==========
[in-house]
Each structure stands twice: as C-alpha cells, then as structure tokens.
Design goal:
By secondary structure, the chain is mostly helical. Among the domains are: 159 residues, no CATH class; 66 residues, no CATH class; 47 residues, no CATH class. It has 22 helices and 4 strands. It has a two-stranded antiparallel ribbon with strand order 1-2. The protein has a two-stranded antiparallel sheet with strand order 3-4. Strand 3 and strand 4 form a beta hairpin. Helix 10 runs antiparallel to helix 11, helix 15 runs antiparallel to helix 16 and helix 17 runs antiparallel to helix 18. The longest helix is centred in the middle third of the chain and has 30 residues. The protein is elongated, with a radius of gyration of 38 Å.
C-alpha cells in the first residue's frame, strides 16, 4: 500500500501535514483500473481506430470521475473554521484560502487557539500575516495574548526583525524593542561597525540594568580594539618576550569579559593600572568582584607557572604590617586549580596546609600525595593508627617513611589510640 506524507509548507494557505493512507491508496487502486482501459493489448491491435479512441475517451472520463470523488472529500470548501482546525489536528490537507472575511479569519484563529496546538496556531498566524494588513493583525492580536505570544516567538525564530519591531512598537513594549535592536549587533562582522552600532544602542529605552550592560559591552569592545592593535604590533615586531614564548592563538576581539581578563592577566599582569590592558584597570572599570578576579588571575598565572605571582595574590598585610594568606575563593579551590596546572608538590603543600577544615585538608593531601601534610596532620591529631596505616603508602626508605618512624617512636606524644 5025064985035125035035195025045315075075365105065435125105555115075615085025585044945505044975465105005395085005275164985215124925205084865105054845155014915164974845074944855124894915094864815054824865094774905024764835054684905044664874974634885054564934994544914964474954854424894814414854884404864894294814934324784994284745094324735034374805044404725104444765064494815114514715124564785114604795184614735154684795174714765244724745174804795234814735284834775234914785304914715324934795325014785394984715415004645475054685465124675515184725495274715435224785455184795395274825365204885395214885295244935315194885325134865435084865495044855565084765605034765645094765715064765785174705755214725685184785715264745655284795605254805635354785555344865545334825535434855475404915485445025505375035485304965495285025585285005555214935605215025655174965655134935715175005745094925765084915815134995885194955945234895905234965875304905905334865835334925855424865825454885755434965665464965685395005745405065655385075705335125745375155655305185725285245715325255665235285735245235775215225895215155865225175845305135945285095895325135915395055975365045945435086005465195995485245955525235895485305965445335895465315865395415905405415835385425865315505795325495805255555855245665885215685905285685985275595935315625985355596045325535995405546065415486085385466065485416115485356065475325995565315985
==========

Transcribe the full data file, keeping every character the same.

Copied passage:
[in-house]
Each structure stands twice: as C-alpha cells, then as structure tokens.
Design goal:
By secondary structure, the chain is mostly helical. Among the domains are: 159 residues, no CATH class; 66 residues, no CATH class; 47 residues, no CATH class. It has 22 helices and 4 strands. It has a two-stranded antiparallel ribbon with strand order 1-2. The protein has a two-stranded antiparallel sheet with strand order 3-4. Strand 3 and strand 4 form a beta hairpin. Helix 10 runs antiparallel to helix 11, helix 15 runs antiparallel to helix 16 and helix 17 runs antiparallel to helix 18. The longest helix is centred in the middle third of the chain and has 30 residues. The protein is elongated, with a radius of gyration of 38 Å.
C-alpha cells in the first residue's frame, strides 16, 4: 500500500501535514483500473481506430470521475473554521484560502487557539500575516495574548526583525524593542561597525540594568580594539618576550569579559593600572568582584607557572604590617586549580596546609600525595593508627617513611589510640 506524507509548507494557505493512507491508496487502486482501459493489448491491435479512441475517451472520463470523488472529500470548501482546525489536528490537507472575511479569519484563529496546538496556531498566524494588513493583525492580536505570544516567538525564530519591531512598537513594549535592536549587533562582522552600532544602542529605552550592560559591552569592545592593535604590533615586531614564548592563538576581539581578563592577566599582569590592558584597570572599570578576579588571575598565572605571582595574590598585610594568606575563593579551590596546572608538590603543600577544615585538608593531601601534610596532620591529631596505616603508602626508605618512624617512636606524644 5025064985035125035035195025045315075075365105065435125105555115075615085025585044945505044975465105005395085005275164985215124925205084865105054845155014915164974845074944855124894915094864815054824865094774905024764835054684905044664874974634885054564934994544914964474954854424894814414854884404864894294814934324784994284745094324735034374805044404725104444765064494815114514715124564785114604795184614735154684795174714765244724745174804795234814735284834775234914785304914715324934795325014785394984715415004645475054685465124675515184725495274715435224785455184795395274825365204885395214885295244935315194885325134865435084865495044855565084765605034765645094765715064765785174705755214725685184785715264745655284795605254805635354785555344865545334825535434855475404915485445025505375035485304965495285025585285005555214935605215025655174965655134935715175005745094925765084915815134995885194955945234895905234965875304905905334865835334925855424865825454885755434965665464965685395005745405065655385075705335125745375155655305185725285245715325255665235285735245235775215225895215155865225175845305135945285095895325135915395055975365045945435086005465195995485245955525235895485305965445335895465315865395415905405415835385425865315505795325495805255555855245665885215685905285685985275595935315625985355596045325535995405546065415486085385466065485416115485356065475325995565315985